while 14% of Thai males' responses and 10% of American males' responses fall into
this category. The generalization seems to be that denial responses are not likely
to be used by female complimentees, whereas they would be used more often by male
complimentees. This can be explained by Brown and Levinson's "face"
- public self-image - in their Politeness Theory. Since the absence of compliment
responses often leads to situations that threaten the positive face (the need
to be approved) of complimenters, it is important for complimentees responding
to the compliments to minimize the sense of threat. Therefore, the female subjects
in both ethnic groups seem to regard the denial response pattern as an inappropriate
interesting finding is that Thai females use the non-verbal response (smile),
while the American females do not. Additionally, only the Thai females give no
response. One-fourth of the total responses by Thai females are classified as
smiling without any verbal elaboration, whereas only four percent of responses
by Thai males fall into this category. This seems to come from the Thai culture,
which requires people to be modest and humble. This might be more strongly imposed
on Thai females than males. Although none of the American females and males smile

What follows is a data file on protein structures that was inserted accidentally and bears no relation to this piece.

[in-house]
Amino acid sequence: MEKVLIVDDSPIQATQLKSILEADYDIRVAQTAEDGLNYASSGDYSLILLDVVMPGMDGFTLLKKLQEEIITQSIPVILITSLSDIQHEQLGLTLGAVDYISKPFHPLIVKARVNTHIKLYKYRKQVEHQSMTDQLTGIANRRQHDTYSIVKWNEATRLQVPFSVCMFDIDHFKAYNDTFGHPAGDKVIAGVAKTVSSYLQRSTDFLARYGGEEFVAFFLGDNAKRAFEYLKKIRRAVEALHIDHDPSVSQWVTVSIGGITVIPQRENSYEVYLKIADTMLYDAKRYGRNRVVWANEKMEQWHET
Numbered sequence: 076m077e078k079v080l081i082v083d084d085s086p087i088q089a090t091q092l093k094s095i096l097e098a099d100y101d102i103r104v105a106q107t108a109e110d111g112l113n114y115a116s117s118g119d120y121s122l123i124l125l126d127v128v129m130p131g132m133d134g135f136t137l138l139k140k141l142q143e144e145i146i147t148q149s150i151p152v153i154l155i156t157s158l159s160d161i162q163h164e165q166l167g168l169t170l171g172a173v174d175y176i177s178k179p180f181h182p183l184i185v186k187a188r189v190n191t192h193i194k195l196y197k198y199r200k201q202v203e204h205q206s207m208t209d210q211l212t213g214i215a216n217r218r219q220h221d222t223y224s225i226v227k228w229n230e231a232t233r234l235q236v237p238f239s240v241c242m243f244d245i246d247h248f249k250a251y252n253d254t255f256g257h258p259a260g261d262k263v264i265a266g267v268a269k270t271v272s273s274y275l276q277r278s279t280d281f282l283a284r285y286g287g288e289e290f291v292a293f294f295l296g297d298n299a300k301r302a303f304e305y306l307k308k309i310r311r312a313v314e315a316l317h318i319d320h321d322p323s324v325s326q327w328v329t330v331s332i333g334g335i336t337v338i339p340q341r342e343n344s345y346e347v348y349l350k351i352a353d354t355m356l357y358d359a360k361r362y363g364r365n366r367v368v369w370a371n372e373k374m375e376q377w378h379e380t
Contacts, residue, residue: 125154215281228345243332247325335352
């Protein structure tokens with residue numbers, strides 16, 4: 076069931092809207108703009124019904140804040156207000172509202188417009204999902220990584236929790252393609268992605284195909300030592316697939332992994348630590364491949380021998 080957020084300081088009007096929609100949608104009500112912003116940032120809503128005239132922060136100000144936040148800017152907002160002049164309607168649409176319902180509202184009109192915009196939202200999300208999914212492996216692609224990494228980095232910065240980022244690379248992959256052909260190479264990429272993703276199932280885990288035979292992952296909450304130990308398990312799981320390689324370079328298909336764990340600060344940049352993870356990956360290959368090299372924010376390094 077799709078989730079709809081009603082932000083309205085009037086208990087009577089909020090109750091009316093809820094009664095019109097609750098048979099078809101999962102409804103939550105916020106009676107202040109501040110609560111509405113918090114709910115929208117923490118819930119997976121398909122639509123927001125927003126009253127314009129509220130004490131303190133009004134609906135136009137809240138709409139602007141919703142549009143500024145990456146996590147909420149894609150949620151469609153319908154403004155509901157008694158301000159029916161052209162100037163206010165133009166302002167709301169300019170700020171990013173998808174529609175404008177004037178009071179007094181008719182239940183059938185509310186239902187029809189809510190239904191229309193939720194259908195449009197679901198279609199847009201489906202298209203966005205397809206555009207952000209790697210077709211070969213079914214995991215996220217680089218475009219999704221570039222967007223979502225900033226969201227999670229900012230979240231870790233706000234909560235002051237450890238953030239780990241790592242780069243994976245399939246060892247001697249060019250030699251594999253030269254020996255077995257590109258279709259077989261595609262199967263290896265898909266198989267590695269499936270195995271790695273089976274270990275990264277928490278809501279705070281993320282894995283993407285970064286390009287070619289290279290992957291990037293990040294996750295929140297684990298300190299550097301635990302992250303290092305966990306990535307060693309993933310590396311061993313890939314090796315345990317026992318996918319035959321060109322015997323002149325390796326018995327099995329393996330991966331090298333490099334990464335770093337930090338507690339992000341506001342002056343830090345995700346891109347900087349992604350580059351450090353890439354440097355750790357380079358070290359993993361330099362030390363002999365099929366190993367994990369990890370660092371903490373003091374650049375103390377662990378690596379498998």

to the complimenter as a response to compliments, none of them are quiet and fail
to give any response, either - they always respond in some way.
it should be noted that people may respond differently to a compliment, depending
on a number of factors other than culture and gender. The factors include social
status (high vs. low) of the interlocutors, social distance (friends, acquaintances,
or strangers), age, language proficiency, and situations. Clearly, this is an
area that calls for further study.
In a nutshell, when sociocultural norms from one culture are brought to
bear on another, the result can sometimes be misinterpretation and offence. The
overall findings of this study reveal significant differences in responses to
English compliments by American and Thai subjects. It confirms previous findings
that language and culture are closely related. However, the study brings up three
interesting points. The first is a question of whether non-native speakers should
follow the proverb "When in Rome do as the Romans do", and leave their
traditions or habits behind, or whether they should strongly hold on to their
ethnic identity. The second is a question of whether the majority's awareness
of the cultural differences is awakened. Perhaps just being aware that people
of different backgrounds have different automatic responses to compliments and